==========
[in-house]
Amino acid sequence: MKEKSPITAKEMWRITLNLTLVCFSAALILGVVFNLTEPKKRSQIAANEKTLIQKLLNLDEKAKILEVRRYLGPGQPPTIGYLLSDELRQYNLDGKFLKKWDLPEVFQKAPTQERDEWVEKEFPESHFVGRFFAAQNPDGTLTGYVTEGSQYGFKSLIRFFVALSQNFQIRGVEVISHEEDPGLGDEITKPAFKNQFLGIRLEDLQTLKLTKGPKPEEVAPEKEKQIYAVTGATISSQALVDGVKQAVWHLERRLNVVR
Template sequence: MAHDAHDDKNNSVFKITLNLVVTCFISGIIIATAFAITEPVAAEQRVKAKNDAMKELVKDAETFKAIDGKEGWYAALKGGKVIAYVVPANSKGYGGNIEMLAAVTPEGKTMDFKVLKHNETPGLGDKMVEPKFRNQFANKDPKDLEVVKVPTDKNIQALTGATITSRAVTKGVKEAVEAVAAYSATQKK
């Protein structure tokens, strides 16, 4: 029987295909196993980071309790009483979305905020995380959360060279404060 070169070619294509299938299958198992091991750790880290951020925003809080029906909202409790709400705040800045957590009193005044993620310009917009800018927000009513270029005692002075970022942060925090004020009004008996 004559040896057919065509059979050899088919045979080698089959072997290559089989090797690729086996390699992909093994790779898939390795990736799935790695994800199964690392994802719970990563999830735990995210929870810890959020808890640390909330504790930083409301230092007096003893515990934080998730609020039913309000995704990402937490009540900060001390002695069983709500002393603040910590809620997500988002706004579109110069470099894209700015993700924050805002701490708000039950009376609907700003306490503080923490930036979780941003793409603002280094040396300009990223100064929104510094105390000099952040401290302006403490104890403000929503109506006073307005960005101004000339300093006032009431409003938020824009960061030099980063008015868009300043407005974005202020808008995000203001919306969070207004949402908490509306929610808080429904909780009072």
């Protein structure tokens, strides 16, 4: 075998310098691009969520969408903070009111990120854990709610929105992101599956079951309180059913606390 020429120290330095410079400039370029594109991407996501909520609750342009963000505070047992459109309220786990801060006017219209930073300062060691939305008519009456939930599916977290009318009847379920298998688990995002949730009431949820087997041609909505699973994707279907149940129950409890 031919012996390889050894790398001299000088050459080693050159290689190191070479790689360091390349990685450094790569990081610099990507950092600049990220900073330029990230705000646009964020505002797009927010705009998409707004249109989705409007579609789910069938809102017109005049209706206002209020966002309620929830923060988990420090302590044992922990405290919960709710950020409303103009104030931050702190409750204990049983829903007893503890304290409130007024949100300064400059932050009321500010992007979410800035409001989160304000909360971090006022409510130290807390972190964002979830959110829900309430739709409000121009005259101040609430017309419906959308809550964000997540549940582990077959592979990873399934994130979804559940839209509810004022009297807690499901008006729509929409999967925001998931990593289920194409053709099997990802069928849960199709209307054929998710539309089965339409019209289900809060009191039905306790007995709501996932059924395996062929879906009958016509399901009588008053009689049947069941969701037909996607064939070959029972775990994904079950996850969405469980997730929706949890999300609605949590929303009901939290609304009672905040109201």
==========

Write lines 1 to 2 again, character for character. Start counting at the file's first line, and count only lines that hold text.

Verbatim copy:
[in-house]
Amino acid sequence: MKEKSPITAKEMWRITLNLTLVCFSAALILGVVFNLTEPKKRSQIAANEKTLIQKLLNLDEKAKILEVRRYLGPGQPPTIGYLLSDELRQYNLDGKFLKKWDLPEVFQKAPTQERDEWVEKEFPESHFVGRFFAAQNPDGTLTGYVTEGSQYGFKSLIRFFVALSQNFQIRGVEVISHEEDPGLGDEITKPAFKNQFLGIRLEDLQTLKLTKGPKPEEVAPEKEKQIYAVTGATISSQALVDGVKQAVWHLERRLNVVR